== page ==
Condo Vs. Apartment: What's The Difference?

More often than not, the terms condo and apartment are used interchangeably. Between matching layouts, neighbors, and shared space, it's clear these two places of residence have a lot of general factors in common. Due to these similarities, among many more, it's not surprising many people confuse the two. However, if you take a look deeper, there are many key distinctions.

Ownership, pricing, and personal touch are some of the most significant differences that separate condos and apartments from each other. These are likely going to be the key variants that can make one decide which one of the two they would prefer to call home. However, there are still many other factors to take into consideration when deciding which housing option is best for you. According to Bankrate, condos are best for those needing something more affordable and those looking to be a homeowner. In opposition, apartments are best for those who don't want the expenses or responsibilities that come with ownership. Furthermore, apartments are great for those that need a temporary place to live for a short amount of time, such as those for school or work requirements.

The Difference: who owns what?

Perhaps the biggest and most significant key difference between apartments and condos is who owns each of them. According to, condos are owned, managed, and run by a landlord, which means they are private residences that these owners rent out. Usually, it's located in a community or residential area; however, the unit itself is owned privately. The owner of this condo has a full say in who lives there and what is and isn't allowed, which is far more personal than renting an apartment. Additionally, condo landlords don't usually hang around, giving the renter tons of privacy.

As for apartments, ownership regulations are the complete opposite of condos. Apartments are typically owned and managed by a corporation. These corporations are known as property management companies. Apartments tend to have a wide variety of locations, such as residential buildings, complexes, community areas, etc., and the same person runs all the apartments in such a building. They typically all have the same layout, and all tenants follow the same guidelines. Usually, the owner resides onsite and can be found in the leasing or main office of the building or community.

Rent pricing for each varies

The first important financial factor to know is that condos and apartments come with their own fees. These fees also tend to differ from each other. With condos, the owner will decide how much and how often you pay rent, Maximum Exposure Real Estate notes. This is almost always decided and set out when signing the lease. Additionally, the rent you pay for your condo will usually differ from the amount of rent others pay. Sometimes, utilities are included with rent, meaning you'll pay one flat rate for both rent and utility bills each month.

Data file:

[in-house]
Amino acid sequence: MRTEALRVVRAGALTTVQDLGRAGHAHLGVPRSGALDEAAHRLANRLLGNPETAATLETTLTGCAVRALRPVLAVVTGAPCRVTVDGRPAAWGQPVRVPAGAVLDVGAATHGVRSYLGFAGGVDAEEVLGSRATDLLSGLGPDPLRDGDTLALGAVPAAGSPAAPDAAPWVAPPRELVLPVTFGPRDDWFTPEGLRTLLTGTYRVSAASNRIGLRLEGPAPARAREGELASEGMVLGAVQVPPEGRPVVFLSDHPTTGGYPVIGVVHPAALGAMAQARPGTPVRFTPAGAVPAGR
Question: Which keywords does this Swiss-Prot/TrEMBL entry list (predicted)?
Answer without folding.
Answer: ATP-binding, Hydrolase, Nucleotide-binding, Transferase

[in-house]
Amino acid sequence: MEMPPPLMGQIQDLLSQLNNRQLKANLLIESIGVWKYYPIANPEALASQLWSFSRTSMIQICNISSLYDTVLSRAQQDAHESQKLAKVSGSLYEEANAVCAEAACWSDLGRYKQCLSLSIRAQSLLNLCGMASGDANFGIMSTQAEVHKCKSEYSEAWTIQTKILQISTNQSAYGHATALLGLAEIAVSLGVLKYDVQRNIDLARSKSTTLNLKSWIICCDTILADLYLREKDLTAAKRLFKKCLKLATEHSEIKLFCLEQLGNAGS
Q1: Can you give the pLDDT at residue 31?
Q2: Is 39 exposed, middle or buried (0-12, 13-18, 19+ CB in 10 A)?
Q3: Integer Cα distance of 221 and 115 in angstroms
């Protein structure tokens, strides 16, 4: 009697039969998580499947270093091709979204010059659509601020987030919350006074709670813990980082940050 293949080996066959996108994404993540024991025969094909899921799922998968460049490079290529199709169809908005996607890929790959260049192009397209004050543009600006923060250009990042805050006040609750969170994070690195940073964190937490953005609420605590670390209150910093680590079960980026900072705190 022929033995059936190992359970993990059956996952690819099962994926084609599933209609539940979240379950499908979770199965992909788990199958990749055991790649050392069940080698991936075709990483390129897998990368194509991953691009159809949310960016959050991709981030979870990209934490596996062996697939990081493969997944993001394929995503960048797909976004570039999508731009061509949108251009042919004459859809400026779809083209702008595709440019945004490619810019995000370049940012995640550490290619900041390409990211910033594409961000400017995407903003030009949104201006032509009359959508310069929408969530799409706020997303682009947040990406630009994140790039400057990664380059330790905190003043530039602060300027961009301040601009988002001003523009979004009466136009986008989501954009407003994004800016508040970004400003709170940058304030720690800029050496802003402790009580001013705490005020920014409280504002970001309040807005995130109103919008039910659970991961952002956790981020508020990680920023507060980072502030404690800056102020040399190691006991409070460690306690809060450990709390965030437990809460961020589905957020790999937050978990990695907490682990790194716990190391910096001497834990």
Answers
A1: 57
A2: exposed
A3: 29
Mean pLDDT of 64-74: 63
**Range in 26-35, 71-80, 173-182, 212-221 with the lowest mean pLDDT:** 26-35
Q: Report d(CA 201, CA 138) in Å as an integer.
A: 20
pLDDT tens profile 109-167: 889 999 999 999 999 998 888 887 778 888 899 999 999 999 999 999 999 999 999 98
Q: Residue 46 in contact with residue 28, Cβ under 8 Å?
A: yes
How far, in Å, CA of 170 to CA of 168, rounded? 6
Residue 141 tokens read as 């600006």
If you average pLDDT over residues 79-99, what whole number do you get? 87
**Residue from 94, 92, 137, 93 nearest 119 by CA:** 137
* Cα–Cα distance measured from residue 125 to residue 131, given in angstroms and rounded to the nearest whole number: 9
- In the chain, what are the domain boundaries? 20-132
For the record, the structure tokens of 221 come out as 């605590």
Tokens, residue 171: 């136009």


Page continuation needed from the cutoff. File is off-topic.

For apartments, all renters are required to sign a lease. Typically, these leases last for a year at a time, but some apartments may offer short-term leases depending on other factors. Some apartments may even offer month-to-month leases as well, but usually, they offer a variety of lease contracts the tenants can choose from. Typically, the rent stays the same throughout the lease, although it can be increased with given notice. The rent is typically decided on market conditions, the tenant's income, and the availability of units. Normally, utilities are not included in the rent for this residence type.

Maintenance responsibility is different

No matter your choice in the home, you will run into maintenance needs. This is just a natural and extremely unfortunate part of life. Furthermore, just like with ownership and rent, the responsibility of these needs differs between a condo and an apartment. According to, the landlord is usually responsible for the home's maintenance needs in a condo. Sometimes, the owner will have their own services they use to fix the issues that may arise. However, on some occasions, you as the tenant may be responsible, but this is something to discuss with the landlord upon signing the lease.

As for apartments, you will almost never be responsible for any repairs that may arise. Many apartment corporations offer free and timely maintenance. Furthermore, a lot of maintenance is 24 hours a day and seven days a week. Most apartment corporations have a number you can call to put in a request to get the issue fixed. The number of issues prior to yours will depend on how long it will take for yours to be resolved. Usually, there is a business day number and an after-hours number.